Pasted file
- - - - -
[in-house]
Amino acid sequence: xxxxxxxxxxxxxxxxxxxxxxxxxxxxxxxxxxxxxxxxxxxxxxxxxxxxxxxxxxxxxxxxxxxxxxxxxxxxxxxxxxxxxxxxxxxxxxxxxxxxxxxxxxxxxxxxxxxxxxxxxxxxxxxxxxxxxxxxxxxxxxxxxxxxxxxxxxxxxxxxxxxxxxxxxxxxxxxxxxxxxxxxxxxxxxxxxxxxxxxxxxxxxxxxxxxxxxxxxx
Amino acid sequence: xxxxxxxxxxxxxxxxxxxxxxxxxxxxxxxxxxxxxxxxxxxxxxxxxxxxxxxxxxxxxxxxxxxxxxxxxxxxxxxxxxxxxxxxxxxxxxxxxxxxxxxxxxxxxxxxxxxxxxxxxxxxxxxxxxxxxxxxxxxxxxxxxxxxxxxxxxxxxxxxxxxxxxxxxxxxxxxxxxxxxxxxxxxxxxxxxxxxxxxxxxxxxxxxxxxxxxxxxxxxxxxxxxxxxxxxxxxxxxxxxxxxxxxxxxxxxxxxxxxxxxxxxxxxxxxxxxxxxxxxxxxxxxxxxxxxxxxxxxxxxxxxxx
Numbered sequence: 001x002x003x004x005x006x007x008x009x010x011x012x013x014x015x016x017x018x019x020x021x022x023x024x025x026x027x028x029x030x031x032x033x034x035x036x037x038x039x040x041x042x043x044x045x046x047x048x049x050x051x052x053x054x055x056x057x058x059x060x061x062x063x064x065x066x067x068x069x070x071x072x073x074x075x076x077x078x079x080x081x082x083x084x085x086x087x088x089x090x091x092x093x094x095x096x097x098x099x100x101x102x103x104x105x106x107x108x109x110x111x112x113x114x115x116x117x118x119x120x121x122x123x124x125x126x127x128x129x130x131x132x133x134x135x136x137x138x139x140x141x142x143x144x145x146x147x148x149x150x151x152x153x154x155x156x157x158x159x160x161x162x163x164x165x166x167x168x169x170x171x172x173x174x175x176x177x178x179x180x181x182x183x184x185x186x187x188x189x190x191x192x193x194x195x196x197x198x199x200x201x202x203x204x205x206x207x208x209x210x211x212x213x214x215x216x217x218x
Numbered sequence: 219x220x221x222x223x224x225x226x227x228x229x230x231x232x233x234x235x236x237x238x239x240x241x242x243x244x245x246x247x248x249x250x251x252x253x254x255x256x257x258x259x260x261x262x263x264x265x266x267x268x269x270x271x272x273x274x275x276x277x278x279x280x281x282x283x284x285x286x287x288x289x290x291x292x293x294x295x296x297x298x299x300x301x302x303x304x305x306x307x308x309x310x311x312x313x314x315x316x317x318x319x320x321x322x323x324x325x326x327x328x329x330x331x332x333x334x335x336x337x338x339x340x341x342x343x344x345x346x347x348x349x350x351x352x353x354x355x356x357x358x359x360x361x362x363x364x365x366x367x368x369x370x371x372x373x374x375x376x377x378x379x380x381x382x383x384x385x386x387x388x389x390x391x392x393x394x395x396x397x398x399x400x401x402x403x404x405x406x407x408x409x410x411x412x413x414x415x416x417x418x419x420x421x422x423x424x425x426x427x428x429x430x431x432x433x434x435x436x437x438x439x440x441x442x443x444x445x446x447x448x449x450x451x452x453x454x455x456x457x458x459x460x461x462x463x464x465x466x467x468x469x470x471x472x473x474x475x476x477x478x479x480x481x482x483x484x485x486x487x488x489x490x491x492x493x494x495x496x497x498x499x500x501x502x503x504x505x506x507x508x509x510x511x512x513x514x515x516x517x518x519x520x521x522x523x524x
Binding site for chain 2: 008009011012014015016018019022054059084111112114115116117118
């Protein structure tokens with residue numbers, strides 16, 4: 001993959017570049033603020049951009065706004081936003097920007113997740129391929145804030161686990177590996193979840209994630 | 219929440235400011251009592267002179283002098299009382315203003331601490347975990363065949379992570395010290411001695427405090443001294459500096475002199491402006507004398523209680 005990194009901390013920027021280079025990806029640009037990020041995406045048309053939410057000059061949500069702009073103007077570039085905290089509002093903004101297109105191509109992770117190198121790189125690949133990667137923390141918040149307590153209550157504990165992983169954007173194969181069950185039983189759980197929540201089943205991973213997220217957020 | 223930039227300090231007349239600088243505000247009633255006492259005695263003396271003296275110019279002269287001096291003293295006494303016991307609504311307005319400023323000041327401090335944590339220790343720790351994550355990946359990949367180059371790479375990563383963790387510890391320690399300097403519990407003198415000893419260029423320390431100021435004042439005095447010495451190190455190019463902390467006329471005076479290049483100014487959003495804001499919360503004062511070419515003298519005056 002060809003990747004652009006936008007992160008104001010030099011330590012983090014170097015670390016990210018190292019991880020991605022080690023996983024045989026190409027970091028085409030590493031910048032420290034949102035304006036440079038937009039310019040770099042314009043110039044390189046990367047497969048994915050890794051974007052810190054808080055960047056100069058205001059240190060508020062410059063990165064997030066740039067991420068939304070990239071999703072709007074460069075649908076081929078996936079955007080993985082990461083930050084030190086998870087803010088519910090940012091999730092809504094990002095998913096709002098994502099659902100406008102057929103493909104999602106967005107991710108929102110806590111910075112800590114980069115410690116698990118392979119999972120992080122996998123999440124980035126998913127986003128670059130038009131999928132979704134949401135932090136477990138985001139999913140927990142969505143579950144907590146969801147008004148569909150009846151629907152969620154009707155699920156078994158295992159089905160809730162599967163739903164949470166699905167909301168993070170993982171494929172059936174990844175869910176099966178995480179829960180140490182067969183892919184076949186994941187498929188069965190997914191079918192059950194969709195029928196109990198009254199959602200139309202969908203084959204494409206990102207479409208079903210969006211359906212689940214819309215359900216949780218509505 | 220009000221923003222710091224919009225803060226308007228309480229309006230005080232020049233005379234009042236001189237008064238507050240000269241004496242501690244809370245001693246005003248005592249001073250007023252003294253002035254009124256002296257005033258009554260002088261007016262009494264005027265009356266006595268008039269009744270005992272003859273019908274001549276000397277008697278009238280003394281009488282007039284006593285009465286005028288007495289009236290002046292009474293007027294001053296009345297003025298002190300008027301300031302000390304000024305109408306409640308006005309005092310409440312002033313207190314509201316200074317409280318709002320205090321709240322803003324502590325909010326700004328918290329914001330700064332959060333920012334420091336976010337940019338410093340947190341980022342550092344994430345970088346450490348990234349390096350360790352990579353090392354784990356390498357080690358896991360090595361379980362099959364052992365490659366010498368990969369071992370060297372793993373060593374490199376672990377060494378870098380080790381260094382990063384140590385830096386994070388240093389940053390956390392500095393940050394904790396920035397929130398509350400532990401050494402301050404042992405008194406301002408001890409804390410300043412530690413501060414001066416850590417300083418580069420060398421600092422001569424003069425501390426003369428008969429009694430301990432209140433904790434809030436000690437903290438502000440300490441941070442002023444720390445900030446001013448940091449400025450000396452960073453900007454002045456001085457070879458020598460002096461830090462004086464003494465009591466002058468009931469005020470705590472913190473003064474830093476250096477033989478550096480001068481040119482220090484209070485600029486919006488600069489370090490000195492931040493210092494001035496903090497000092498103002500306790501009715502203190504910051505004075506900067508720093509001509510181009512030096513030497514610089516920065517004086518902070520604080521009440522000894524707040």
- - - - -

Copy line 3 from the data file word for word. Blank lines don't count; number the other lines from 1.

Amino acid sequence: xxxxxxxxxxxxxxxxxxxxxxxxxxxxxxxxxxxxxxxxxxxxxxxxxxxxxxxxxxxxxxxxxxxxxxxxxxxxxxxxxxxxxxxxxxxxxxxxxxxxxxxxxxxxxxxxxxxxxxxxxxxxxxxxxxxxxxxxxxxxxxxxxxxxxxxxxxxxxxxxxxxxxxxxxxxxxxxxxxxxxxxxxxxxxxxxxxxxxxxxxxxxxxxxxxxxxxxxxxxxxxxxxxxxxxxxxxxxxxxxxxxxxxxxxxxxxxxxxxxxxxxxxxxxxxxxxxxxxxxxxxxxxxxxxxxxxxxxxxxxxxxxxx